THE VALE Council has rubber-stamped parts of the controversial Library Strategy that aims to make savings of more than £500,000 per year.
Cabinet approved all of the recommendations put before them during a meeting on Monday, August 11, but some of the matters will be subject to further consultation before a final decision is made.
As part of the proposals, which aim to make a total savings of more than £1million over the next two years, Dinas Powys, Sully, St Athan, Wenvoe and Rhoose libraries would all become ‘community managed’ and run by volunteers.
During the cabinet meeting Councillor Neil Moore, the Leader of the Vale Council, said that there had been a “communication issue” with informing library staff about the proposals.
He added about the need the need to make savings in the library service: “This has not been an easy decision to take.”
The report added that the Library Strategy had been revised in response to representations made, and that a Staff Reference Group, the purpose of which will be to update and engage trade unions on progress with implementation of the Strategy, would now be created.
The matters recommended for approval by cabinet members included an immediate increase in library service charges, reducing the book fund by £25,000 from £220,000 to £195,000 with effect from April 2015, further developing and promoting e-books and other digital services, upgrading and extending the library WiFi service during 2014/15, and further work on the development of other income generation and grant funding opportunities.
Cabinet had already agreed to invest £88,000 in 2015/16 to address damp in Penarth Library, while a proposed 'pop up’ library service in Barry developed in partnership with Barry Town Council had already been launched in June 2014 this year.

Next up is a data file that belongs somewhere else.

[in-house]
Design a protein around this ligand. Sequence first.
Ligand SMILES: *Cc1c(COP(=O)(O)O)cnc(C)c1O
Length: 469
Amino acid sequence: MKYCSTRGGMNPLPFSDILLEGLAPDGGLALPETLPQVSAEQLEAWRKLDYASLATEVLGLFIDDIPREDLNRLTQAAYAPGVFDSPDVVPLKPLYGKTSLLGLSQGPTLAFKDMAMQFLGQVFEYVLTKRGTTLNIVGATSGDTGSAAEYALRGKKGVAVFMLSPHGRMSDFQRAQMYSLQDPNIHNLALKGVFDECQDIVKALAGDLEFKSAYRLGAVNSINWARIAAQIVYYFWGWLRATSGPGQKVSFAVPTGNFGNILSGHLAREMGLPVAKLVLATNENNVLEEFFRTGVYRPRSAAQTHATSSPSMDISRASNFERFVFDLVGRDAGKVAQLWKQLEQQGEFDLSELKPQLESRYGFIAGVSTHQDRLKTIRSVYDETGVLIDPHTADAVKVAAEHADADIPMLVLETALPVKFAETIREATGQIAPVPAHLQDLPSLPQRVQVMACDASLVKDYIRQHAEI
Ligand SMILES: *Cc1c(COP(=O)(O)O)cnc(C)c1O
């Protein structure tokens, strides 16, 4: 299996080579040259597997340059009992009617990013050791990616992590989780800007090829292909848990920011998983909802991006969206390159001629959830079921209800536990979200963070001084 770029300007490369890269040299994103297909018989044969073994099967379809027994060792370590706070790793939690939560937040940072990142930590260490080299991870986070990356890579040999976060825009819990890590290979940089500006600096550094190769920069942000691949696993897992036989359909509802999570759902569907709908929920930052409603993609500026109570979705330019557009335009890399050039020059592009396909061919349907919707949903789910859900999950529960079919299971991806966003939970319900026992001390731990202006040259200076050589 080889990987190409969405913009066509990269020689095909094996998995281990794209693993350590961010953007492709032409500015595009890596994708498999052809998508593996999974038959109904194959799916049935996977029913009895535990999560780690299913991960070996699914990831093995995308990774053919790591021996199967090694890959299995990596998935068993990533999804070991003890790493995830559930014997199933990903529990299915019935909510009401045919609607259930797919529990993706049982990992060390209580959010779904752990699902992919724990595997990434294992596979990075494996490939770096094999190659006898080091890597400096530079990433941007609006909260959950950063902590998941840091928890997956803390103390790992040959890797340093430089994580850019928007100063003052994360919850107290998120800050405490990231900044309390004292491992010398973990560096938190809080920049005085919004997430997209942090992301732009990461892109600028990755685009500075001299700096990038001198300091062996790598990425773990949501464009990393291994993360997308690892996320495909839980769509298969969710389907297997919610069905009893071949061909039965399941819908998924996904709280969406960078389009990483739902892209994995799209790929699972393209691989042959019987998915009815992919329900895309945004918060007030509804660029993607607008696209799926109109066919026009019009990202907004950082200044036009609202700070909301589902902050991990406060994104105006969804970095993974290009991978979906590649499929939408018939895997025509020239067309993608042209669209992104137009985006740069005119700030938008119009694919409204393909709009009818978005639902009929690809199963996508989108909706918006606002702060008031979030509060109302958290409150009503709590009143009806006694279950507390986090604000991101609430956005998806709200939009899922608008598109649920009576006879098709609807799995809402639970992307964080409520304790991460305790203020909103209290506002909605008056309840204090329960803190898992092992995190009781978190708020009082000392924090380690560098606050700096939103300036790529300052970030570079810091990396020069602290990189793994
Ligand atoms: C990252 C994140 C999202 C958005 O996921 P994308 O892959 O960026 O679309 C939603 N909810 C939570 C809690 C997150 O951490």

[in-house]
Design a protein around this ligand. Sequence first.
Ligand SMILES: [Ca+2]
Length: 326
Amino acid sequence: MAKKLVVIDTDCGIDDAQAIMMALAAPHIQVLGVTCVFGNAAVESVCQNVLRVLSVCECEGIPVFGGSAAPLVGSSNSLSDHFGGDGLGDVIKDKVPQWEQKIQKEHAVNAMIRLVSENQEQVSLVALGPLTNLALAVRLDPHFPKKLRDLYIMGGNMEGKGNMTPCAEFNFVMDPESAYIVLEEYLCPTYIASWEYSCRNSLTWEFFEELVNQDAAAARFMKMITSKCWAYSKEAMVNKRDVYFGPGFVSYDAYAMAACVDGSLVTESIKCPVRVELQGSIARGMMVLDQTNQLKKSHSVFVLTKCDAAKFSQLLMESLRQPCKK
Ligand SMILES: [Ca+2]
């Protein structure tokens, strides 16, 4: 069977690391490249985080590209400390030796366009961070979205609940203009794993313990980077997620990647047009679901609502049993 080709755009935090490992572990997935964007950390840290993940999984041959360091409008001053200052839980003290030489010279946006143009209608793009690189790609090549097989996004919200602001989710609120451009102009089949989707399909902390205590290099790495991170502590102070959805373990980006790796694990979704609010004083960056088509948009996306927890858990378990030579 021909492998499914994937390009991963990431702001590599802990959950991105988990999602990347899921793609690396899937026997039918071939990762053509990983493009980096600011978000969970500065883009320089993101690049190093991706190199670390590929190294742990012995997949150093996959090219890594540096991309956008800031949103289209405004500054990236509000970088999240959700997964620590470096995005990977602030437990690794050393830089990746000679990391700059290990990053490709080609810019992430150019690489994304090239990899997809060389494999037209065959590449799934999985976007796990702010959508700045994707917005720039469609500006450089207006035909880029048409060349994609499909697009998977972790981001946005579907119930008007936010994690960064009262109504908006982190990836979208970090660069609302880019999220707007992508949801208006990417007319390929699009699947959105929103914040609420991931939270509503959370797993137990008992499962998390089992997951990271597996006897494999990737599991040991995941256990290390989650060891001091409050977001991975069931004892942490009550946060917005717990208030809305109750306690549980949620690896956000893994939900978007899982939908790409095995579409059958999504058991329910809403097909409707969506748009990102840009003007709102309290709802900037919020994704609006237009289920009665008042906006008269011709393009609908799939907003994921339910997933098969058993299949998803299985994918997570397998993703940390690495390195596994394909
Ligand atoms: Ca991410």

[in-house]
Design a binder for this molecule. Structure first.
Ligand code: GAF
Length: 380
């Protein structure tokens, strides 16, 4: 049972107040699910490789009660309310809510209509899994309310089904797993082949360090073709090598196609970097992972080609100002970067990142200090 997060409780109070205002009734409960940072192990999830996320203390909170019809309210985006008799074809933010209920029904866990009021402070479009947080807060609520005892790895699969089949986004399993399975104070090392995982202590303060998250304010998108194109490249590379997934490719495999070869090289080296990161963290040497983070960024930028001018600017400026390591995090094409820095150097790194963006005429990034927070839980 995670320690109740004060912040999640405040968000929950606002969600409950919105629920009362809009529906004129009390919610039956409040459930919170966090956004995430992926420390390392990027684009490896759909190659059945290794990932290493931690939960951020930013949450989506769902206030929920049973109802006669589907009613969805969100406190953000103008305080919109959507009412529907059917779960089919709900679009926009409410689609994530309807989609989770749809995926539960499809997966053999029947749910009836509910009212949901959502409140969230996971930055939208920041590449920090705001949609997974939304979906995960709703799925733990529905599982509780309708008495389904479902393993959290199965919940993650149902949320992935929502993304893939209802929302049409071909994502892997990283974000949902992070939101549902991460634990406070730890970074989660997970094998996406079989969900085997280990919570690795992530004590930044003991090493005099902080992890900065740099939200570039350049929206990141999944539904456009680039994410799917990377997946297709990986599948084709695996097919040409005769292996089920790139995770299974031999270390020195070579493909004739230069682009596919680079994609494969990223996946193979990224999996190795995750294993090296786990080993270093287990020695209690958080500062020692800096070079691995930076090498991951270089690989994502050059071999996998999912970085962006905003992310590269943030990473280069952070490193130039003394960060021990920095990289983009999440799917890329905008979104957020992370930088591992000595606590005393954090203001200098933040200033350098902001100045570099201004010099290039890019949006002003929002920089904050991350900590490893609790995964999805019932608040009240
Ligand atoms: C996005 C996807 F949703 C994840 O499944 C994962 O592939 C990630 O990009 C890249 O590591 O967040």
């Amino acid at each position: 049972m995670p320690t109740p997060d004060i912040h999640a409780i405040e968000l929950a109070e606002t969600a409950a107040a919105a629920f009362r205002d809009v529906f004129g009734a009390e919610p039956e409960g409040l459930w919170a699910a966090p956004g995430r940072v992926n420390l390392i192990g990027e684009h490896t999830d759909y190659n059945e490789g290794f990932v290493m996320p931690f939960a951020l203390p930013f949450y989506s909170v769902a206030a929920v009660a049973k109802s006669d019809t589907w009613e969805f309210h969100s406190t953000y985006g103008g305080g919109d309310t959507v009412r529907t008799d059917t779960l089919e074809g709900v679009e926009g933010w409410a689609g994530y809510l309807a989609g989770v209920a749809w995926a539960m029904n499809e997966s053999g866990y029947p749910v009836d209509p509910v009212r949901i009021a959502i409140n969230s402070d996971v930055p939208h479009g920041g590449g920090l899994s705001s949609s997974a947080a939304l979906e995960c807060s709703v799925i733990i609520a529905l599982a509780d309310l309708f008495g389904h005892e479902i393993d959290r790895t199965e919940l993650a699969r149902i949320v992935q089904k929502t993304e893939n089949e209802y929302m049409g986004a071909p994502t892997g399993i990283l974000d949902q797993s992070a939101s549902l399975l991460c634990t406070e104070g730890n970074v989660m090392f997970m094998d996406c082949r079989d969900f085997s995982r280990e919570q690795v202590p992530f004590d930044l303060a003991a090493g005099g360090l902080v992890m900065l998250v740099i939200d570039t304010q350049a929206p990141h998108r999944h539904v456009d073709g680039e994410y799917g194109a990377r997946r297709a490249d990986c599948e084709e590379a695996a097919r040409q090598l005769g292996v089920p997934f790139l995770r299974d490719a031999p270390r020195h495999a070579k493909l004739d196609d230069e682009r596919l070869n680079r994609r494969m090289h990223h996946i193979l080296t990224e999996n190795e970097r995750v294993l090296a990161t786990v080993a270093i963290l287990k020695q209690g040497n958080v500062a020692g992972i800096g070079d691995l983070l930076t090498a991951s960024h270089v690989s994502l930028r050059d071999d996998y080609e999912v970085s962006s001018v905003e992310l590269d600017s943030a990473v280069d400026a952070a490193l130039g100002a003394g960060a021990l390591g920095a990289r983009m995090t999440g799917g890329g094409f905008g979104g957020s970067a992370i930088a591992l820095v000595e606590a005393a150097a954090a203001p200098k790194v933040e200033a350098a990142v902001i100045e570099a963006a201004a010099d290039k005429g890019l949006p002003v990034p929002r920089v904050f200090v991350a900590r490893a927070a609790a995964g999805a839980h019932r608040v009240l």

Cabinet members also agreed the creation of ‘Friends Groups’ for Barry, Penarth, Cowbridge and Llantwit libraries in a bid to “increase opportunities for the library service to be further embraced by the community but also to raise funding and apply for external grants”.
Penarth councillor Lis Burnett, who represents the St Augustine’s ward, welcomed the formation of ‘Friends Groups’.
“Friends groups are able to access sources of funding which the council cannot do,” she said.
The library service is also set to “work closely with other departments responsible for lifelong learning, arts and culture and explore opportunities to increase digital inclusion and education further”.
Subject to consultation with staff and the relevant trade unions, cabinet also approved the overnight security services provided at Barry Library be replaced with CCTV during 2014/15 and cleaning costs be reduced by 20 per cent across all libraries in the Vale during 2014/15.
One of the most controversial aspects of the Library Strategy report has been the establishment of volunteer-run ‘community libraries’ in Dinas Powys, Sully, St Athan, Wenvoe and now Rhoose.
Cabinet has now agreed that further consultations will be held in those areas before a decision is made, and that consultations will also be held into a proposed reduction in library opening hours.
The report added: “Rhoose Library was not originally selected for the community library delivery model due primarily to its distance from the libraries at Barry and Llantwit Major However, on reflection and in view of the increased pressure to identify further savings across the Council to respond to the scenarios in the 2015/16 Budget Strategy, it is now considered appropriate to apply the community managed library model to Rhoose Library.”